HONG KONG (Reuters) - Thousands of Hong Kong revellers welcomed in 2020 on neon-lit promenades along the picturesque Victoria Harbour, breaking into pro-democracy chants as the clocks struck midnight after more than half a year of often violent unrest.
Protesters briefly blocked Nathan Road, a key artery leading through Kowloon to the harbour, after forming human chains across the Chinese-ruled city and marching through shopping malls, urging people not to give up the fight for democracy in 2020.
The protesters fled when police came to clear the road of umbrellas, street furniture and debris and a three-metre-tall skeleton of a metal Christmas tree. Several arrests were made.
Authorities had cancelled the popular new year fireworks for the first time in a decade, citing security concerns. A “Symphony of Lights” took place instead, involving projections on the city’s tallest skyscrapers after the countdown to midnight.
There were small-scale pyrotechnics on waterfront rooftops, but the grandiose fireworks launched from vessels in the centre of the harbour, broadcast around the world every year, were absent.
The carnival atmosphere on the harbour was interrupted as parts of the crowd of thousands watching the show began chanting protest slogans, such as “Liberate Hong Kong! Revolution of our times” and “Five demands, not one less.”
The latter refers to the goals of the anti-government movement, which include universal suffrage and an independent inquiry into alleged police brutality.
The protesters are angry at what they see as creeping Beijing influence in the city which was guaranteed wide-ranging autonomy when it returned from British to Chinese rule in 1997. Beijing denies interference and blames the West for fomenting the unrest.
“I hope people can continue fighting in 2020,” 28-year-old engineer Eric Wong said.
“We should not forget the people in jail who could not count down to the new year with us.”
On Nathan Road, protesters in a chain stretching for several kilometres raised lit-up smartphones as passing cars and buses honked in support and tourists in party hats and 2020-shaped glasses took pictures. Many protesters held up cards reading “Let’s keep fighting together in 2020.”
The chain later spilled over on to the road, and some protesters built barricades and hid behind umbrellas until police chased them away. A water cannon truck, flanked by an armoured jeep, patrolled the road at midnight.
“This year there are no fireworks, but there will probably be tear gas somewhere,” said 25-year-old IT worker Sam. “For us it’s not really New Year’s Eve. We have to resist every day.”
Dozens of people had earlier laid flowers at the Prince Edward metro station, scene of some of the most violent clashes with the police this summer.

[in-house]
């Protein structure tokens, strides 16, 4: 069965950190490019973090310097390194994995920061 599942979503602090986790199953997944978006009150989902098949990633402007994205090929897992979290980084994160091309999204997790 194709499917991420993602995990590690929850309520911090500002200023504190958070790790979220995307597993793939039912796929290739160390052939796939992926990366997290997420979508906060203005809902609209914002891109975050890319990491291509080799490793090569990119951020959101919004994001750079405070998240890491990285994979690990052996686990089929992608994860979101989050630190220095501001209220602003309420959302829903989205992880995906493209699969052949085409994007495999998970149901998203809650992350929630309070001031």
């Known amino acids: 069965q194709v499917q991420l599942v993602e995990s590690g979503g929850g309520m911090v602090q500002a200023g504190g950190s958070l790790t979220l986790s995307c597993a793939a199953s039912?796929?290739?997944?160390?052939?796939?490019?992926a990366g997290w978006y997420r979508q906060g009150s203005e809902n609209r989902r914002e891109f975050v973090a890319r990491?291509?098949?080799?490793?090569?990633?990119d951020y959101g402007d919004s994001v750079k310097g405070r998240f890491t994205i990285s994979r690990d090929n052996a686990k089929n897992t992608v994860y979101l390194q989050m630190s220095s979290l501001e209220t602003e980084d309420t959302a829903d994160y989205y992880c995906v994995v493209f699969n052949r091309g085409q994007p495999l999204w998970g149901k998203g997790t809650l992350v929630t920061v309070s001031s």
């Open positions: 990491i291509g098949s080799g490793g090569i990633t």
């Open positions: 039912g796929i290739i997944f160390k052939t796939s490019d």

The protests began in June in response to a now-withdrawn bill that would have allowed extraditions to mainland China, where courts are controlled by the Communist Party, and have evolved into a broader pro-democracy movement.
The protest movement is supported by 59% of city residents polled in a survey conducted for Reuters by the Hong Kong Public Opinion Research Institute. More than a third of respondents said they had attended an anti-government demonstration.
In a New Year’s Eve video message, Chief Executive Carrie Lam said the unrest had caused sadness, anxiety, disappointment and rage.
“Let’s start 2020 with a new resolution, to restore order and harmony in society. So we can begin again, together,” Lam said.
Chinese President Xi Jinping extended his best wishes to Hong Kong residents in a speech carried by state television.
“Without a harmonious and stable environment, how can there be a home where people can live and work happily?” he said. “We sincerely hope for the best for Hong Kong and Hong Kong compatriots.”
Police, who reject allegations of brutality and say they have shown restraint, have arrested nearly 6,500 people since the protests began escalating in what is the worst political crisis faced by the city in decades.
Protesters have thrown petrol bombs and rocks, with police responding with tear gas, water cannon, pepper spray, rubber bullets and occasional live rounds. There have been several injuries.
On Jan. 1, tens of thousands of people are expected to join a pro-democracy march, starting from a park downtown and ending in the heart of the central financial district.
The previous march organised by the Civil Human Rights Front (CHRF) drew an estimated 800,000 people in early December.
“January 1, see you in Victoria Park,” people gathered on the waterfront chanted.
Reporting by Jessie Pang, Mari Saito, Twinnie Siu, Sarah Wu, Tyrone Siu, Joyce Zhou, Simon Gardner in HONG KONG and Ben Blanchard in BEIJING; writing by Marius Zaharia; editing by Mike Collett-White, Philippa Fletcher, Timothy Heritage and Nick Macfie
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